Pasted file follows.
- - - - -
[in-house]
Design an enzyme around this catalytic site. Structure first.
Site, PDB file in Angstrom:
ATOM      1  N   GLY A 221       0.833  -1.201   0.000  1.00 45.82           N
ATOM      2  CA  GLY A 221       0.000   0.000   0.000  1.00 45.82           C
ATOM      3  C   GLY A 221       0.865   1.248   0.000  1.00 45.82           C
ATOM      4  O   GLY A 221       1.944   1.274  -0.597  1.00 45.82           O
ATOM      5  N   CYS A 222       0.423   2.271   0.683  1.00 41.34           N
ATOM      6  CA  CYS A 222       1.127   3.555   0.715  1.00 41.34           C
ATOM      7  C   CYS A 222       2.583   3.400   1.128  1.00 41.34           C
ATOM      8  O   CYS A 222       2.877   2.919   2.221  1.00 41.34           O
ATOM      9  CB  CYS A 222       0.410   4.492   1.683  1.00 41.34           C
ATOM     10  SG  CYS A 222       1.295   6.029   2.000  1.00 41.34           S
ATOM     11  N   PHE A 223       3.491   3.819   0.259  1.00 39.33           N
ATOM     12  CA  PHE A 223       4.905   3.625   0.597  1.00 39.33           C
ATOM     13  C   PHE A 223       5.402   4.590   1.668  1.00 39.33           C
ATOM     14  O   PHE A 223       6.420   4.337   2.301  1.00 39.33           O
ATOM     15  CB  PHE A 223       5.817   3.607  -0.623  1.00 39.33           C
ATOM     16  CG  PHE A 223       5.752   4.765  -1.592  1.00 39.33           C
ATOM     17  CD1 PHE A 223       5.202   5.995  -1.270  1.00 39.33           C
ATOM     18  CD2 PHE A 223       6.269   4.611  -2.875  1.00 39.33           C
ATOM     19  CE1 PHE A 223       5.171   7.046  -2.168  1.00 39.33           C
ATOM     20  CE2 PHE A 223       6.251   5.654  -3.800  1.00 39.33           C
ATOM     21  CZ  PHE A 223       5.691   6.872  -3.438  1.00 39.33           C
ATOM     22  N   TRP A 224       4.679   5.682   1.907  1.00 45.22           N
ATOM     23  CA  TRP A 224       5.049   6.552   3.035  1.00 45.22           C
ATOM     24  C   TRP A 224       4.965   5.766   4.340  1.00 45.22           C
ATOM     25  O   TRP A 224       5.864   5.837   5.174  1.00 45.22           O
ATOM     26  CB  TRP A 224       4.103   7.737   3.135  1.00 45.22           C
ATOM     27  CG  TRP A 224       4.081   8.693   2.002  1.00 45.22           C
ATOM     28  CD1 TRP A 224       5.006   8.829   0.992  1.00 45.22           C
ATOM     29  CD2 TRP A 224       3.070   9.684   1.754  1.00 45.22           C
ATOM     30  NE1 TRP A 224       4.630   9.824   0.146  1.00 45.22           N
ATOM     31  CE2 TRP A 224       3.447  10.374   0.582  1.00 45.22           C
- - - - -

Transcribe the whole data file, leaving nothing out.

[in-house]
Design an enzyme around this catalytic site. Structure first.
Site, PDB file in Angstrom:
ATOM      1  N   GLY A 221       0.833  -1.201   0.000  1.00 45.82           N
ATOM      2  CA  GLY A 221       0.000   0.000   0.000  1.00 45.82           C
ATOM      3  C   GLY A 221       0.865   1.248   0.000  1.00 45.82           C
ATOM      4  O   GLY A 221       1.944   1.274  -0.597  1.00 45.82           O
ATOM      5  N   CYS A 222       0.423   2.271   0.683  1.00 41.34           N
ATOM      6  CA  CYS A 222       1.127   3.555   0.715  1.00 41.34           C
ATOM      7  C   CYS A 222       2.583   3.400   1.128  1.00 41.34           C
ATOM      8  O   CYS A 222       2.877   2.919   2.221  1.00 41.34           O
ATOM      9  CB  CYS A 222       0.410   4.492   1.683  1.00 41.34           C
ATOM     10  SG  CYS A 222       1.295   6.029   2.000  1.00 41.34           S
ATOM     11  N   PHE A 223       3.491   3.819   0.259  1.00 39.33           N
ATOM     12  CA  PHE A 223       4.905   3.625   0.597  1.00 39.33           C
ATOM     13  C   PHE A 223       5.402   4.590   1.668  1.00 39.33           C
ATOM     14  O   PHE A 223       6.420   4.337   2.301  1.00 39.33           O
ATOM     15  CB  PHE A 223       5.817   3.607  -0.623  1.00 39.33           C
ATOM     16  CG  PHE A 223       5.752   4.765  -1.592  1.00 39.33           C
ATOM     17  CD1 PHE A 223       5.202   5.995  -1.270  1.00 39.33           C
ATOM     18  CD2 PHE A 223       6.269   4.611  -2.875  1.00 39.33           C
ATOM     19  CE1 PHE A 223       5.171   7.046  -2.168  1.00 39.33           C
ATOM     20  CE2 PHE A 223       6.251   5.654  -3.800  1.00 39.33           C
ATOM     21  CZ  PHE A 223       5.691   6.872  -3.438  1.00 39.33           C
ATOM     22  N   TRP A 224       4.679   5.682   1.907  1.00 45.22           N
ATOM     23  CA  TRP A 224       5.049   6.552   3.035  1.00 45.22           C
ATOM     24  C   TRP A 224       4.965   5.766   4.340  1.00 45.22           C
ATOM     25  O   TRP A 224       5.864   5.837   5.174  1.00 45.22           O
ATOM     26  CB  TRP A 224       4.103   7.737   3.135  1.00 45.22           C
ATOM     27  CG  TRP A 224       4.081   8.693   2.002  1.00 45.22           C
ATOM     28  CD1 TRP A 224       5.006   8.829   0.992  1.00 45.22           C
ATOM     29  CD2 TRP A 224       3.070   9.684   1.754  1.00 45.22           C
ATOM     30  NE1 TRP A 224       4.630   9.824   0.146  1.00 45.22           N
ATOM     31  CE2 TRP A 224       3.447  10.374   0.582  1.00 45.22           C